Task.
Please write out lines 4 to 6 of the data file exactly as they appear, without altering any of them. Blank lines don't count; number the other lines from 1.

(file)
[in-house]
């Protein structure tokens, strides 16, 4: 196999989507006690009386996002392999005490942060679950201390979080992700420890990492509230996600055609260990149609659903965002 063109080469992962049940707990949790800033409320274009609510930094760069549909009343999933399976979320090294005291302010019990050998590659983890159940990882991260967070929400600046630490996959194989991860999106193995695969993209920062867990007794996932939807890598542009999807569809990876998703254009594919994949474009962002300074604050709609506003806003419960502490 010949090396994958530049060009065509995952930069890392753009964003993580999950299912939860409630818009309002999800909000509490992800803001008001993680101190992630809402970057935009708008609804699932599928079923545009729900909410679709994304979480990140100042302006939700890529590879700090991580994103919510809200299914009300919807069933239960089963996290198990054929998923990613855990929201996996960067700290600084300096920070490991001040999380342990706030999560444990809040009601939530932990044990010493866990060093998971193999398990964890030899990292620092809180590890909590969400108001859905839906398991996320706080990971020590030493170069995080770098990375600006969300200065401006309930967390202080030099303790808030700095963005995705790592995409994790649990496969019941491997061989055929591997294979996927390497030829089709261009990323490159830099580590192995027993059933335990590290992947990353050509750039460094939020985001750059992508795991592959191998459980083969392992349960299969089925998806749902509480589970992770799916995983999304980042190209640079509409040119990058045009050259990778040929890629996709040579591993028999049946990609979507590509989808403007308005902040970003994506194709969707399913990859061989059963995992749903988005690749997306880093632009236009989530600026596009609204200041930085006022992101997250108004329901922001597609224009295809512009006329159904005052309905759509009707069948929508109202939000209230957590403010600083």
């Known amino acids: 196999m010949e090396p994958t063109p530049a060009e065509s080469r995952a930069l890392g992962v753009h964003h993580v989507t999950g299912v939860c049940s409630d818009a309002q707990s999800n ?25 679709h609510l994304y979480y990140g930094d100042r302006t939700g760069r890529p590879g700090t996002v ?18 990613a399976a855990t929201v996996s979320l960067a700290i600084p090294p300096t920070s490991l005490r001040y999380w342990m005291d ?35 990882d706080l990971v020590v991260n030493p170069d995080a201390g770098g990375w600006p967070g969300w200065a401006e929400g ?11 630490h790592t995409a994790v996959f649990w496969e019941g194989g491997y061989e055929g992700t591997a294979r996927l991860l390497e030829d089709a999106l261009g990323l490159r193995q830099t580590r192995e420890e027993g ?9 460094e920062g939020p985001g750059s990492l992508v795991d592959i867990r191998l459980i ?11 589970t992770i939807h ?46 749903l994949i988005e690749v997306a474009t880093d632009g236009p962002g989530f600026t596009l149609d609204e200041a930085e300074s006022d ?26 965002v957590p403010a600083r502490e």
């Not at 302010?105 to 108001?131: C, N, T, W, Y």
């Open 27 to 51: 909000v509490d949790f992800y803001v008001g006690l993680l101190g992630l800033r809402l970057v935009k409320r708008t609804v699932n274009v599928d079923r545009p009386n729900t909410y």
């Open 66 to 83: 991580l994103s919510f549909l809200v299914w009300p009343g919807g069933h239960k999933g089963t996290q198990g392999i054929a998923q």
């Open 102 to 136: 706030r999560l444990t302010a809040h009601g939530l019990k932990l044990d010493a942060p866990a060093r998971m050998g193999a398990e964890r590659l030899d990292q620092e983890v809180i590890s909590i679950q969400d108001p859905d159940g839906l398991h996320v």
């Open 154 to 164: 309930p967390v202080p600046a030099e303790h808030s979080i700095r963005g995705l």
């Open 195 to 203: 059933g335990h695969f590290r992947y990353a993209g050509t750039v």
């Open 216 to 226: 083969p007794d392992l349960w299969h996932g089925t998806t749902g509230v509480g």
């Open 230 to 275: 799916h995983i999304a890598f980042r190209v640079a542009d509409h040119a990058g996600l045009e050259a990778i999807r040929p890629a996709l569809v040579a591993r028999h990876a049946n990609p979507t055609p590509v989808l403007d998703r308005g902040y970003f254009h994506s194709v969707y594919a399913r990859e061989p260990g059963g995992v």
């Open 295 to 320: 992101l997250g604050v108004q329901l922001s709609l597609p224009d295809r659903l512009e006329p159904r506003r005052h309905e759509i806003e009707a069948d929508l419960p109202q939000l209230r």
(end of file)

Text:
């Not at 302010?105 to 108001?131: C, N, T, W, Y």
């Open 27 to 51: 909000v509490d949790f992800y803001v008001g006690l993680l101190g992630l800033r809402l970057v935009k409320r708008t609804v699932n274009v599928d079923r545009p009386n729900t909410y």
């Open 66 to 83: 991580l994103s919510f549909l809200v299914w009300p009343g919807g069933h239960k999933g089963t996290q198990g392999i054929a998923q």